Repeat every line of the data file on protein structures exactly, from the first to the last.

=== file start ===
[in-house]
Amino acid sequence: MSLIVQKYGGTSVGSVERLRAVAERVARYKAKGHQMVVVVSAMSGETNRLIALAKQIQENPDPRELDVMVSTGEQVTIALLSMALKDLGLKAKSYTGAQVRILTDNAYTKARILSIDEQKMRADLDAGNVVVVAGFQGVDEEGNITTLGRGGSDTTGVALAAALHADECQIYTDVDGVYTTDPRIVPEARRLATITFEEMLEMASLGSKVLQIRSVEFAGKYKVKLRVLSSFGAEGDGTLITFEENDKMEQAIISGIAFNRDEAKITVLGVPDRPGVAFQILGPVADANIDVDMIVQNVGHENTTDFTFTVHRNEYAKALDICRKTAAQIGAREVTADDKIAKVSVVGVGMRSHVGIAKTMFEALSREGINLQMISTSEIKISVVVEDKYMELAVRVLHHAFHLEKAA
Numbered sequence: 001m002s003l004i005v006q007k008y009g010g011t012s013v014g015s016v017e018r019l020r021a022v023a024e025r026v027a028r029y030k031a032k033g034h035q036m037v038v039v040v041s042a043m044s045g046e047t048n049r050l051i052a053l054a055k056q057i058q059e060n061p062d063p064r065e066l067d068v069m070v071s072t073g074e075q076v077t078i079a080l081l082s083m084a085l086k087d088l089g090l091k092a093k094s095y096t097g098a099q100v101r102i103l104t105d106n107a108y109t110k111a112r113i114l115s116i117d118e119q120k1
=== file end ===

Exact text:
[in-house]
Amino acid sequence: MSLIVQKYGGTSVGSVERLRAVAERVARYKAKGHQMVVVVSAMSGETNRLIALAKQIQENPDPRELDVMVSTGEQVTIALLSMALKDLGLKAKSYTGAQVRILTDNAYTKARILSIDEQKMRADLDAGNVVVVAGFQGVDEEGNITTLGRGGSDTTGVALAAALHADECQIYTDVDGVYTTDPRIVPEARRLATITFEEMLEMASLGSKVLQIRSVEFAGKYKVKLRVLSSFGAEGDGTLITFEENDKMEQAIISGIAFNRDEAKITVLGVPDRPGVAFQILGPVADANIDVDMIVQNVGHENTTDFTFTVHRNEYAKALDICRKTAAQIGAREVTADDKIAKVSVVGVGMRSHVGIAKTMFEALSREGINLQMISTSEIKISVVVEDKYMELAVRVLHHAFHLEKAA
Numbered sequence: 001m002s003l004i005v006q007k008y009g010g011t012s013v014g015s016v017e018r019l020r021a022v023a024e025r026v027a028r029y030k031a032k033g034h035q036m037v038v039v040v041s042a043m044s045g046e047t048n049r050l051i052a053l054a055k056q057i058q059e060n061p062d063p064r065e066l067d068v069m070v071s072t073g074e075q076v077t078i079a080l081l082s083m084a085l086k087d088l089g090l091k092a093k094s095y096t097g098a099q100v101r102i103l104t105d106n107a108y109t110k111a112r113i114l115s116i117d118e119q120k1